H9
    "Appreciation of audio is a completely subjective human experience. Measurements can provide a measure of insight, but are no substitute for human judgment. Why are we looking to reduce a subjective experience to objective criteria anyway? The subtleties of music and audio reproduction are for those who appreciate it. Differentiation by numbers is for those who do not".--Nelson Pass

    Pass Aleph 30; Eastern Electric Mini Max; Adcom GDA600; MIT S3/Z Pc; SDA 1C; Squeezebox; Tubes add soul!

  29. #29

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    Quote Originally Posted by heiney9 View Post
    You'd just be pissing in the wind.
    H9
    .....something wrong with that. Been pissing in the wind my whole life.....kinda grown acustomed to the taste too.

    Sometimes Brock, it's best to let one find out for themselves.

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    Quote Originally Posted by heiney9 View Post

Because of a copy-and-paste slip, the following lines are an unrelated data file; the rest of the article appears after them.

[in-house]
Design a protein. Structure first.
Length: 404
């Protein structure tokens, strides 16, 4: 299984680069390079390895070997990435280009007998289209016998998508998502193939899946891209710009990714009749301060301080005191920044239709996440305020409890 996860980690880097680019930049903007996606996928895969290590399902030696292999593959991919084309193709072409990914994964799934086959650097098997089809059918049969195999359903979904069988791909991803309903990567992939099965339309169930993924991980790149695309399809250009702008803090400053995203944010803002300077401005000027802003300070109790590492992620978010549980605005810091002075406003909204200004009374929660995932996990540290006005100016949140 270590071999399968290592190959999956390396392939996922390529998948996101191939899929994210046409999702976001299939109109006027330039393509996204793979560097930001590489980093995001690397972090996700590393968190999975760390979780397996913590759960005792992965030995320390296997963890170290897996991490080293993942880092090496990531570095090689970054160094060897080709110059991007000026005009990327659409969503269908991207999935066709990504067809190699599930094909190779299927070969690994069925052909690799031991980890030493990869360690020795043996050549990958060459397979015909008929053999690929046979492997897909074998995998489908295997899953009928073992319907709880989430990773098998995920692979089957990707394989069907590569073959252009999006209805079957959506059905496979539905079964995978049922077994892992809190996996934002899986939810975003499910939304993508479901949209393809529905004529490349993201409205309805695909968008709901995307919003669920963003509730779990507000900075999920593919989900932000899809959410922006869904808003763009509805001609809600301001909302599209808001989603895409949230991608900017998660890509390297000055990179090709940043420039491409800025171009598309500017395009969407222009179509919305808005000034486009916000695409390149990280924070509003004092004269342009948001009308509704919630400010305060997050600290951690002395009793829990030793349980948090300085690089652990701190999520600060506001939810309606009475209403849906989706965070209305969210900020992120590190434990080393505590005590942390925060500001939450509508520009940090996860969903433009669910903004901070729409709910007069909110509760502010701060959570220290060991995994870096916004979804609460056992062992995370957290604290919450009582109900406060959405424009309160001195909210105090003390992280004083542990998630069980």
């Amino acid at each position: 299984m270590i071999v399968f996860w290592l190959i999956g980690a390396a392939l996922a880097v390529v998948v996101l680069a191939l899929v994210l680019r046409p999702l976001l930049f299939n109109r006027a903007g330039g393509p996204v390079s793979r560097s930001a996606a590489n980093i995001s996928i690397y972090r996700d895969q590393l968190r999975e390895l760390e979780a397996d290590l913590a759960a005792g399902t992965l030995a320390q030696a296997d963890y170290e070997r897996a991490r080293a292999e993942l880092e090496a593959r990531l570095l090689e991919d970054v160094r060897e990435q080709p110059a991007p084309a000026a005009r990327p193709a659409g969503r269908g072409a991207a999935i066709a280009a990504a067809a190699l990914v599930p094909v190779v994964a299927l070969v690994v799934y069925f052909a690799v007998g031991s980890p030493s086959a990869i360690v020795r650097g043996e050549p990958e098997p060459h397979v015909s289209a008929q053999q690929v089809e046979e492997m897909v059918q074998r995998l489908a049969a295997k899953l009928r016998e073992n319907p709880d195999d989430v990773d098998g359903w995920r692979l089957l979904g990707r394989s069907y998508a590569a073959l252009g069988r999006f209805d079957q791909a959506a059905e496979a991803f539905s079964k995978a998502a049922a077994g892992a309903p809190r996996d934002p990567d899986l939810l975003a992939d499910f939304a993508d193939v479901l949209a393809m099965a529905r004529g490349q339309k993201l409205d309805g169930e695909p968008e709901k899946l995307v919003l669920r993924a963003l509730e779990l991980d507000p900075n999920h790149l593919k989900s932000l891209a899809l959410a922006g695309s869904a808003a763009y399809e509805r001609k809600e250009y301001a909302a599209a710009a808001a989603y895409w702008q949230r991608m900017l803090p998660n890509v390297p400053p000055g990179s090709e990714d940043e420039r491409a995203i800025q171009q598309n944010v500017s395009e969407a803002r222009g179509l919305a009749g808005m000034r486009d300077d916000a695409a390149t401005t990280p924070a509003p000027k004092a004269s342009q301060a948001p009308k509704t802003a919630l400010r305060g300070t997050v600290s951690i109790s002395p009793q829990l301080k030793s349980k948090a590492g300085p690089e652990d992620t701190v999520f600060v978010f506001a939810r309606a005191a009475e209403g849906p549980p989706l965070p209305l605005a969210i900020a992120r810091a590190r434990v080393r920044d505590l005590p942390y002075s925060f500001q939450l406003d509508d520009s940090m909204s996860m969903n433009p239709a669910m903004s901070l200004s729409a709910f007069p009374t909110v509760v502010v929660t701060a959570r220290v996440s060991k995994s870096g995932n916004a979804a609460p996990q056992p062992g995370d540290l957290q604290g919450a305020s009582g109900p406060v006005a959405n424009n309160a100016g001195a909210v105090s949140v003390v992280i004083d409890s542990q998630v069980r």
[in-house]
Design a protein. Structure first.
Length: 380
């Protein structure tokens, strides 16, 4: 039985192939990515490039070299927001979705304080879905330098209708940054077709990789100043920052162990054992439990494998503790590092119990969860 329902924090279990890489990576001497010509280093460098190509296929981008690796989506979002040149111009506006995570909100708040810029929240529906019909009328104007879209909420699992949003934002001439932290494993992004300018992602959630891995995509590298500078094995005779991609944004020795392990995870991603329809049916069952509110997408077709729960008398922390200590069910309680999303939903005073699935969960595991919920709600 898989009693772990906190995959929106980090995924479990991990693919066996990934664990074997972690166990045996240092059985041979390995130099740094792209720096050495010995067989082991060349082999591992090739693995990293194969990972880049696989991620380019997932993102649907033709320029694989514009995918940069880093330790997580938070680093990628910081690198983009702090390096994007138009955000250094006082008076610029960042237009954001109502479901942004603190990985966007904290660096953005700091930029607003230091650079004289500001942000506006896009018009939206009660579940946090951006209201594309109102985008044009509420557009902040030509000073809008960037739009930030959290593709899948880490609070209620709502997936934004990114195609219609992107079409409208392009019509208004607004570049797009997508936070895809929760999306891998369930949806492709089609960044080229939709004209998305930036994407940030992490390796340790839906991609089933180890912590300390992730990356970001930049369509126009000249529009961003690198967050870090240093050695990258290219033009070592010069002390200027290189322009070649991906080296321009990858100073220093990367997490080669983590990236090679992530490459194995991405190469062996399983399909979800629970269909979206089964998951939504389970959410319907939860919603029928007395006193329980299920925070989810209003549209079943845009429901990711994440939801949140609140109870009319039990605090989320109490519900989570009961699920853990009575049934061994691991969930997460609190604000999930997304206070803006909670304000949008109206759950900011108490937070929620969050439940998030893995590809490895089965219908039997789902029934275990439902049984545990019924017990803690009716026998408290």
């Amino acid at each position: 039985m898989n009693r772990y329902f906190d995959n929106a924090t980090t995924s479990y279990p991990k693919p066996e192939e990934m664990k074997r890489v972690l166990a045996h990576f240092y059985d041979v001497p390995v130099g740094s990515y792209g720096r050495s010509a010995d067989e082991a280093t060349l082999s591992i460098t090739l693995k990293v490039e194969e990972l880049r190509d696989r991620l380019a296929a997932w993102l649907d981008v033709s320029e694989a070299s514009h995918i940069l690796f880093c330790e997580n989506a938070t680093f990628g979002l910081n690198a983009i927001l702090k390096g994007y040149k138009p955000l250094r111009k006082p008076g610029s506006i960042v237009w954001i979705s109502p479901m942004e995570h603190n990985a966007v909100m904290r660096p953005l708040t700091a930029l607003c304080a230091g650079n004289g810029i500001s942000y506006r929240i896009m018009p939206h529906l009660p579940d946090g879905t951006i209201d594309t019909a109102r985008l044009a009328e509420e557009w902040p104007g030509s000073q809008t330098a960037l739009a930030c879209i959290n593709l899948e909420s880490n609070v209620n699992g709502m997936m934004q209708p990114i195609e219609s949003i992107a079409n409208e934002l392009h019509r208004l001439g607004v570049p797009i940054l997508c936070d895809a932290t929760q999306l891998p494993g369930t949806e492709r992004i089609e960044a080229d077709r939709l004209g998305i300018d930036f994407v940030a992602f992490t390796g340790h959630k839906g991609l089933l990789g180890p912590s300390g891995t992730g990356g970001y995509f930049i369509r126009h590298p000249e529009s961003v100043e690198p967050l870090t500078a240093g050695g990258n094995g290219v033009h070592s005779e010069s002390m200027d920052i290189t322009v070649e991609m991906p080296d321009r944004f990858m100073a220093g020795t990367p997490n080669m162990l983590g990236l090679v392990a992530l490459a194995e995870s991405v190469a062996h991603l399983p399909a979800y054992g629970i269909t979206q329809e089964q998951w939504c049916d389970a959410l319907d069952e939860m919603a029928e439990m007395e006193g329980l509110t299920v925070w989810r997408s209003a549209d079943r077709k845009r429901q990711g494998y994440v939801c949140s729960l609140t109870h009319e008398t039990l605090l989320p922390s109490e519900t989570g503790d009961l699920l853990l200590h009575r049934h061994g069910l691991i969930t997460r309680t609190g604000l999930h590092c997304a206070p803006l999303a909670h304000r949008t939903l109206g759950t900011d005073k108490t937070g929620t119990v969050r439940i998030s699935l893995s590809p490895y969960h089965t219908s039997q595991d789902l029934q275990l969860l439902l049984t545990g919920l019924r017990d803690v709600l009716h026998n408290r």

Let me put it this way and this is only my opinion;

    If he didn;t have a TT and wanted to get his feet wet and he found an SL1200 for a decent price and in good shape, I'd say go for it. But since that's not the case, I can't recommend it.

    H9
    That's cool. I welcome different opinions, and understand your point of view as well. Also, while his turntable may not quite be up to par with the 1200 (IMO), it is certainly a far cry from some of the ultra-low-quality pieces of crap that have been churned out over the years. This includes any turntable you could buy new from a big chain store. I've seen what Fry's and Best Buy carry, and it's hard not to hang my head in shame when I see them.